Describe the process you went through while selecting your graduate school and career pathway: what impacted your decision?

After Denison University, I worked for Akron Art Museum and a historical home museum. After a few years of learning the many roles in a museum career path, I researched arts administration and museum studies graduate degrees. However, my passion was painting, which I continued during my free time after Denison. I decided to look into schools that have a liberal approach for research topics and schools that may possibly feed both interests, learning more about contemporary painting and museum studies. I spoke with many professors about my interests and read program’s academic curriculum. Ultimately, I chose a few schools based on the mentors I would work with and their research interests, and I am very glad that I did. I chose Oregon College of Art and Craft because of its mentor-based learning, traditional craft expertise, small classes and campus, thriving arts scene location, and a graduate assistantship opportunity. I do regret not looking for more funded programs, but also chose my program based on scholarships. I am very happy with my decision, as I was able to tailor my masters degree to my interests, have many off-site field excursions to contemporary art institutes, and have a full bodied painting studio and research project, while working in a gallery and for the college’s marketing and development.

What challenges did you face on the way to or during graduate school, and how did you overcome them?

Financial challenges were imminent, I had to pick up odd jobs and even take a semester off to assist with the financial difficulties. I am not sure if I would move to a more expensive city for graduate school, many friends did better in less urban school settings. The odd jobs got in the way of many extra curricular opportunities, such as networking outings and gallery openings. I had to balance both and completely put my program first, leaving my family and often relying on my partner for household responsibilities. I am in a lot of debt with over half of my tuition covered in scholarships. For an art degree, emotional and psychological changes also took place when work was heavily critiqued. The work evolved very quickly. It was a very stressful two years, but my motivation was very independent, while some students took time off to relax, I used the two years to really push myself and do not regret that. Professional challenges also happened, I had to learn how to speak publicly, introduce myself to a room full of strangers, talk about my artwork in front of a large lecture hall, learn how to teach in a current academic climate.

What was your favorite part of your graduate school experience?

Because I really researched my mentor and professors, I really enjoyed my education, working with my professors, and establishing a long term relationship with them. I enjoyed our projects and off site trips, everything that was optional I participated in that and I have no regrets. I enjoyed getting out of my comfort zone and acquainting myself in a new arts community and city-I wish that I could stay in such a city long term, definitely think about making connections in a place you want to live long term. I enjoyed my cohort and established long term relationships with fellow students. I met amazing people from all over the world and now consider them family. I was pushed and motivated to create more work than I ever thought possible. I was able to develop critical inquiry and language around a subject that I will enjoy for the rest of my life. I enjoyed teaching and residency opportunities.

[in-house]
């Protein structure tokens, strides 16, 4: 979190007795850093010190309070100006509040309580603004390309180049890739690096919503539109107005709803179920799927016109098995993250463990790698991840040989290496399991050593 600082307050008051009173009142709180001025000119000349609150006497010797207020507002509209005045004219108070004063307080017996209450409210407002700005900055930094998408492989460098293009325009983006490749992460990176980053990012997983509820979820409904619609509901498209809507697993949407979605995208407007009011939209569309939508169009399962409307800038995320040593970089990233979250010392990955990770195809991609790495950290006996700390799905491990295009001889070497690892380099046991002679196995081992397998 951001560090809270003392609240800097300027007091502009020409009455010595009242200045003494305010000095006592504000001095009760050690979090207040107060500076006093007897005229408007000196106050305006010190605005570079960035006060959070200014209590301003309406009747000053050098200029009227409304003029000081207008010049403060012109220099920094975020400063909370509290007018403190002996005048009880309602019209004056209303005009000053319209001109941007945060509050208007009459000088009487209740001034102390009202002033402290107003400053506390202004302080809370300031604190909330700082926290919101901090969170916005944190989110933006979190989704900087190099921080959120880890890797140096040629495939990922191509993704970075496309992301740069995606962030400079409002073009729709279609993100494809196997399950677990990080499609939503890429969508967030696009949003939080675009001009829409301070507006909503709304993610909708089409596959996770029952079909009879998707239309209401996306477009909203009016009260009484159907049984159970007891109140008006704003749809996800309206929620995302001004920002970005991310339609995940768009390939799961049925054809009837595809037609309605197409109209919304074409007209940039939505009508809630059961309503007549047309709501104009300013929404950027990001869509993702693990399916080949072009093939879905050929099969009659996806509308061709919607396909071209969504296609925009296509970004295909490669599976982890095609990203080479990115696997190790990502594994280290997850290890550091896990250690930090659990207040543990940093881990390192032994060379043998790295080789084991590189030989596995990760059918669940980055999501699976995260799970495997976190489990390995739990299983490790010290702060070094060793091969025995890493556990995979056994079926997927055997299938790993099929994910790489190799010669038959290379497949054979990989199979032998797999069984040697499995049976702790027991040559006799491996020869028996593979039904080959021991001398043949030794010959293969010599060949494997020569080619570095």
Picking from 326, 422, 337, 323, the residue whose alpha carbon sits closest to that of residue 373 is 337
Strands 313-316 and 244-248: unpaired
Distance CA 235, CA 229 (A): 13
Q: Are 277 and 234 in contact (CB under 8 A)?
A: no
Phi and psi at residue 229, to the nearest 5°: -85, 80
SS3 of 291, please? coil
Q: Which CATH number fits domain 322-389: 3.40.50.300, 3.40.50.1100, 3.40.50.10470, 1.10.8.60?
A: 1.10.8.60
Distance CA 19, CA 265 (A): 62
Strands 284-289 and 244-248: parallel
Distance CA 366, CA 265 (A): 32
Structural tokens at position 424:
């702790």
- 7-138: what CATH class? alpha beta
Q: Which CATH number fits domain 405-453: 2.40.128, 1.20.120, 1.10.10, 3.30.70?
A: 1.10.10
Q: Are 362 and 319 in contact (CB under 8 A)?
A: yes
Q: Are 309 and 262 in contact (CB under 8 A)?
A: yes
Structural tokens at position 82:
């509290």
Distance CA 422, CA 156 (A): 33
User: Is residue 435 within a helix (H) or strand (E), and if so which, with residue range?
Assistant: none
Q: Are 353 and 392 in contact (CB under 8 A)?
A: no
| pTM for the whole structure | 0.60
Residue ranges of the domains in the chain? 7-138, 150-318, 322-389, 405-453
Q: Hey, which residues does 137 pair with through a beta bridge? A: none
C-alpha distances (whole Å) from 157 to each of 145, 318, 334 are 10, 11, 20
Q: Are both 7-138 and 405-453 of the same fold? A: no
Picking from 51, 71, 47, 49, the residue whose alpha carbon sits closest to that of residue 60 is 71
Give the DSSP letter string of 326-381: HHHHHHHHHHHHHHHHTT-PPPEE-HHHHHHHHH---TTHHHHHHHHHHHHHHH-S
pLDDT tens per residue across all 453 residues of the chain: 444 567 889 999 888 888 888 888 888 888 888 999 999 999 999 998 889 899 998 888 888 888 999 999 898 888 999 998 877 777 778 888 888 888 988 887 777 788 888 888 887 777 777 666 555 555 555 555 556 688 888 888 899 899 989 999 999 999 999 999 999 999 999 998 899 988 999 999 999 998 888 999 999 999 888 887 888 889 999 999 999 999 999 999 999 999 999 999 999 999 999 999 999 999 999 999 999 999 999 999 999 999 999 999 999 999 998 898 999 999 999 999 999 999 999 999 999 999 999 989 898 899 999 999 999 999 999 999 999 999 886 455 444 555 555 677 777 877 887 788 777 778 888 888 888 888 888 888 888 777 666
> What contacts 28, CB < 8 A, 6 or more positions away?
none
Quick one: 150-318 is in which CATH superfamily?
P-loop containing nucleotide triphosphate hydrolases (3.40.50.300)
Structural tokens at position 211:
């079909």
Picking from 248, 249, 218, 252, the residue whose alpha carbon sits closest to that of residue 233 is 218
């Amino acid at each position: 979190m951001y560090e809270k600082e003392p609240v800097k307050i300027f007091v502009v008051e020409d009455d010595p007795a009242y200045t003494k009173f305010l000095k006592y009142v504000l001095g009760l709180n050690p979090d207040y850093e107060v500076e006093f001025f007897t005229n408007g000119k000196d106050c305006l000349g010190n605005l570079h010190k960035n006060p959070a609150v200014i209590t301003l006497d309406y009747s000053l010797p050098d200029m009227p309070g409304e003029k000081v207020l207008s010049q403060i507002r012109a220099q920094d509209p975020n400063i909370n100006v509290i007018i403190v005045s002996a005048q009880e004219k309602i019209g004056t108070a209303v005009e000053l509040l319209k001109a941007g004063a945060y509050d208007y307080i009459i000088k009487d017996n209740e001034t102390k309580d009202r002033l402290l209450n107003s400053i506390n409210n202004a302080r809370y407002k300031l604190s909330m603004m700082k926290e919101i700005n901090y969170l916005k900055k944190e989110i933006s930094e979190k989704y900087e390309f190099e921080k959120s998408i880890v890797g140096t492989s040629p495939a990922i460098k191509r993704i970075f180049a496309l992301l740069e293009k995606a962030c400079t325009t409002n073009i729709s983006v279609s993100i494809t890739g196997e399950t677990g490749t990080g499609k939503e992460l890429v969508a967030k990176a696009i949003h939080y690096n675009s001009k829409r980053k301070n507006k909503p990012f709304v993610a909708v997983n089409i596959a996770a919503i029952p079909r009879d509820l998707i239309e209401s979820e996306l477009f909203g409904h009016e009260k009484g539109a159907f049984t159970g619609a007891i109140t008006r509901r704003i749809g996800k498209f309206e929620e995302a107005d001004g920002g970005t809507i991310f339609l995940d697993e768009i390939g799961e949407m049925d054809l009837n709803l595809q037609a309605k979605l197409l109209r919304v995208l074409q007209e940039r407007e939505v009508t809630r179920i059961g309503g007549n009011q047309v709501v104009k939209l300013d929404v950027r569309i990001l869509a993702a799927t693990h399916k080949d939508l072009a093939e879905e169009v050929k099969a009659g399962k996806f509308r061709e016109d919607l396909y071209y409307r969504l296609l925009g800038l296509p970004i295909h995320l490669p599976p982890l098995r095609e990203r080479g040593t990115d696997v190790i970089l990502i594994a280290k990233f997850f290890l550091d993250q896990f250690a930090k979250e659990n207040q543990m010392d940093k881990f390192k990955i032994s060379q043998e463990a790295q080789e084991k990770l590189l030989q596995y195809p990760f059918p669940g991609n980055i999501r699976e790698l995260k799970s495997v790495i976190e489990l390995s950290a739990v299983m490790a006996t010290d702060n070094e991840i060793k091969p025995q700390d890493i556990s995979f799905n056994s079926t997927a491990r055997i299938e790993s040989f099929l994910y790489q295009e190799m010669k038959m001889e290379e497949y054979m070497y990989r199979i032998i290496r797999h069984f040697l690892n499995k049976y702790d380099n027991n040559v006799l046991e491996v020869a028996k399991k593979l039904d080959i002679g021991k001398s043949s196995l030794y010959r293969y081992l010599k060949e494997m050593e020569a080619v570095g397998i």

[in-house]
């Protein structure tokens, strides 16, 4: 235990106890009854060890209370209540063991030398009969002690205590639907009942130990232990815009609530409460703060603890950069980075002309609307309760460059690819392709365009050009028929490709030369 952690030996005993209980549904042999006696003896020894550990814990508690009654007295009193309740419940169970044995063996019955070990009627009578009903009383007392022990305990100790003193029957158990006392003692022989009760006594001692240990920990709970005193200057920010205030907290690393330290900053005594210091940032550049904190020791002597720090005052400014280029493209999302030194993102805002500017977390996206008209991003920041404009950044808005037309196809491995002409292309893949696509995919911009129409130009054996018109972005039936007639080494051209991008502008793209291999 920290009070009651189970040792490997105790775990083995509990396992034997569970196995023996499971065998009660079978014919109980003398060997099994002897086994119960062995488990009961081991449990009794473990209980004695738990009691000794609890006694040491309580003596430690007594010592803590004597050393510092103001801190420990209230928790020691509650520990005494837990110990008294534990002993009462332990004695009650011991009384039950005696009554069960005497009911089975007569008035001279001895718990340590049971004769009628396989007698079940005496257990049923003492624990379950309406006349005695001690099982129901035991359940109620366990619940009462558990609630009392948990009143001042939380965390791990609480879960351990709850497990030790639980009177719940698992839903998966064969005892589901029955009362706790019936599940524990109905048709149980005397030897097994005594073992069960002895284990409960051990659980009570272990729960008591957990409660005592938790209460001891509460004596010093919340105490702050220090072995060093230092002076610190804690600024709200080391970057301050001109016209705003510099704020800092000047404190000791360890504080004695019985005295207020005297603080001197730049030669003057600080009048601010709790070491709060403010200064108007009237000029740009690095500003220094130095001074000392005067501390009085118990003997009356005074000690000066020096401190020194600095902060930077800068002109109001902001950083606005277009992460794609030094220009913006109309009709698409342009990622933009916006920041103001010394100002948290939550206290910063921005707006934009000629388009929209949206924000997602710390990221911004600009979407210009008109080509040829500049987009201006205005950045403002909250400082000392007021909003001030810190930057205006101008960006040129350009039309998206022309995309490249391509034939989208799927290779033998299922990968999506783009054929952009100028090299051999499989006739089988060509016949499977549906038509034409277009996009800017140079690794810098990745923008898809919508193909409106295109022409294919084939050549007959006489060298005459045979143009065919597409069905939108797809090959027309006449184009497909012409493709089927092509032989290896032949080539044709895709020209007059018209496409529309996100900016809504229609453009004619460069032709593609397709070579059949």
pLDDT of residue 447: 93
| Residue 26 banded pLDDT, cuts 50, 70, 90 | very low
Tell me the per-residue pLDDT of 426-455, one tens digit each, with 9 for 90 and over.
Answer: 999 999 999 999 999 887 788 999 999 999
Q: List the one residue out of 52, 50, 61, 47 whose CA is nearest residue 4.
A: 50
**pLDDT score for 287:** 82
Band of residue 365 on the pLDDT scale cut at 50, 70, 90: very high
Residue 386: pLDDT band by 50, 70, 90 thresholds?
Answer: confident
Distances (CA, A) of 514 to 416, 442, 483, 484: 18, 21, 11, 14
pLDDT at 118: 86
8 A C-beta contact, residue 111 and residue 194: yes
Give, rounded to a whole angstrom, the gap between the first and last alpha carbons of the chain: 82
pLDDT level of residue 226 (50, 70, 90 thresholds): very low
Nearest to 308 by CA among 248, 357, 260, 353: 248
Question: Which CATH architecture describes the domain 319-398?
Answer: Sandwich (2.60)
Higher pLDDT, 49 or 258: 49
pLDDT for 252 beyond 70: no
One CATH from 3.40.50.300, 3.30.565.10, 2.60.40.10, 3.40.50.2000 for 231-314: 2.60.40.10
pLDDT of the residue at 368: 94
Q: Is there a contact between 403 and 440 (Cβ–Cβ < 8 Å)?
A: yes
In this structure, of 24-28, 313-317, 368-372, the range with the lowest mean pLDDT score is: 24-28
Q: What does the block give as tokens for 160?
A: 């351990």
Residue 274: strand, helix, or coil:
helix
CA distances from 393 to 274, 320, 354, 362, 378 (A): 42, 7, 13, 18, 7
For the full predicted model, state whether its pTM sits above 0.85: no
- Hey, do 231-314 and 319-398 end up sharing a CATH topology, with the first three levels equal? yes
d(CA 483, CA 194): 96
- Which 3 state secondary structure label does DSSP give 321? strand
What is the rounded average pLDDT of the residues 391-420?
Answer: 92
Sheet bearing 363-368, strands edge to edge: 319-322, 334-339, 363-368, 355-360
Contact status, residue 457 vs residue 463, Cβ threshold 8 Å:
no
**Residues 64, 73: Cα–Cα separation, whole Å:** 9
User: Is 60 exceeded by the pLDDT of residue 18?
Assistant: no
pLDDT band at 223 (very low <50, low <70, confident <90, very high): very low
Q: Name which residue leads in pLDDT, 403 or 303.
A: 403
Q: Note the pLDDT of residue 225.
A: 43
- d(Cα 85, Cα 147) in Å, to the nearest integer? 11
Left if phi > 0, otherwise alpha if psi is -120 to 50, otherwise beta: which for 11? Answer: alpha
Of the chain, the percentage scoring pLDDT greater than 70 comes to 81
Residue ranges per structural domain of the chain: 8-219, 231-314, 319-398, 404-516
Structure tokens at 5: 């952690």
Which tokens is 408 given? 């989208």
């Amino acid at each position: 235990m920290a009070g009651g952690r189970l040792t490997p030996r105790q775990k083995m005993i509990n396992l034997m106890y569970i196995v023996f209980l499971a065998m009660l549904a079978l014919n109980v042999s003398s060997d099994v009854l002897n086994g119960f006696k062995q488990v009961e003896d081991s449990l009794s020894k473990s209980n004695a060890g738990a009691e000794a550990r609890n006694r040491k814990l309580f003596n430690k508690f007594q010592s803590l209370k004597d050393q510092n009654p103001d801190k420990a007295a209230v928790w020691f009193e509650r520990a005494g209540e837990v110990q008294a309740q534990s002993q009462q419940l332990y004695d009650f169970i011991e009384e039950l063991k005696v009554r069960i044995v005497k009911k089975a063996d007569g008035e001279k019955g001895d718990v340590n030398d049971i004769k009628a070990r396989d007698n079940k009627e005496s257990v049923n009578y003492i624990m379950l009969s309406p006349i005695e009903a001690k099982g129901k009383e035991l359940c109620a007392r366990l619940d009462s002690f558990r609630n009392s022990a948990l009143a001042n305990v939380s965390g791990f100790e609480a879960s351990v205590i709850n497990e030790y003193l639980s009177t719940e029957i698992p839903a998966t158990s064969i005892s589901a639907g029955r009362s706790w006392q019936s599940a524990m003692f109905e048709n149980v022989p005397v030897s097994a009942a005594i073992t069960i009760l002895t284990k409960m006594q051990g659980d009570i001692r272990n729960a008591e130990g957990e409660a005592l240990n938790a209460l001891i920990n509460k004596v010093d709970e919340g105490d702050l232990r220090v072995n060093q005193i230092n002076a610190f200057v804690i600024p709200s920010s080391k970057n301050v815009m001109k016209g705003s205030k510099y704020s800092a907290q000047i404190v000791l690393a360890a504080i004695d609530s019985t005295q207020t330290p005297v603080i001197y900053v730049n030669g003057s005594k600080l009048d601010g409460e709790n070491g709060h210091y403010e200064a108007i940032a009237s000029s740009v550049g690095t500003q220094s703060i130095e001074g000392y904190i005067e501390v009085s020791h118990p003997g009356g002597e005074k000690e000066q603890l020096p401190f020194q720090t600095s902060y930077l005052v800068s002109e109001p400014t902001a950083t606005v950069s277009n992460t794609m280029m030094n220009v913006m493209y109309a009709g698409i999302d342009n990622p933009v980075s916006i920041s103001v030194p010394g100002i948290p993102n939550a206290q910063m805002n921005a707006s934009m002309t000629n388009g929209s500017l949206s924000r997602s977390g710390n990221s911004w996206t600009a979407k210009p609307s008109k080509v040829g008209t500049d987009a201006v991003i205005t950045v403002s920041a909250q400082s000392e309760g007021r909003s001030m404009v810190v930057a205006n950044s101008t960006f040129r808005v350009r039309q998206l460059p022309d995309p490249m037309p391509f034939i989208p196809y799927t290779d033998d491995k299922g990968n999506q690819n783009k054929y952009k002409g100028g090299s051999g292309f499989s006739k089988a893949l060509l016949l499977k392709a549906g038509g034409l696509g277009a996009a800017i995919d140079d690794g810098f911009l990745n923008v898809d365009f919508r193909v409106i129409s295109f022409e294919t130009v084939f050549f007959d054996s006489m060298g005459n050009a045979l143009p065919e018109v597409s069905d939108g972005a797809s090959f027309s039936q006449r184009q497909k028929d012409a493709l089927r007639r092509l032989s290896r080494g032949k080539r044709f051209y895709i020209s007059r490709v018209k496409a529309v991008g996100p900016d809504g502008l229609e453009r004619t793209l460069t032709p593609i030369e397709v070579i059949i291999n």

What are your professional plans post-graduation?

Post-graduation for fine arts graduates is very challenging and difficult. We often are not given a position right out of school and have to apply to even more difficult post-graduate programs right after the most intense few years of our lives. I have enjoyed showing my thesis body of work in multiple national galleries and opportunities for scholarship-funded workshops in Colorado and Ohio. I am working on moving across the country for my partner’s business, establishing a new studio, applying to shows, creating more work and applying for art positions. Currently, I work at a non-art related professional job that will cover studio expenses, debt, and allow me to save money for long term residency next year. I just graduated six months ago. I am also planning a long term business plan for starting up my own contemporary art-related business.

What advice would you give a current Denison student considering a graduate program like yours?

An MFA is a truly incredible experience for yourself, your art and your arts community. It is important to utilize every opportunity to the fullest extent, and know that there is no external reward for your incredible achievements in the art world for a very very long time. Once you graduate, the rewards are purely internal. You may realize that teaching is incredibly exhausting and you only want to practice art. You may realize that your practice changed completely altogether, and may be even outside traditional art media. In order to be a full time artist, you must sacrifice a lot of comfort. If you think you will make money or grab a comfortable position after art school, this is not the degree for you at all. This is a huge long term financial sacrifice. If you want to commit yourself to your artwork, to becoming a better artist, individual, community member, if you enjoy not only contemporary art, but philosophy, history, museum studies, pedagogical studies, research, reading and writing, this is a once in a lifetime opportunity.

March 8, 2020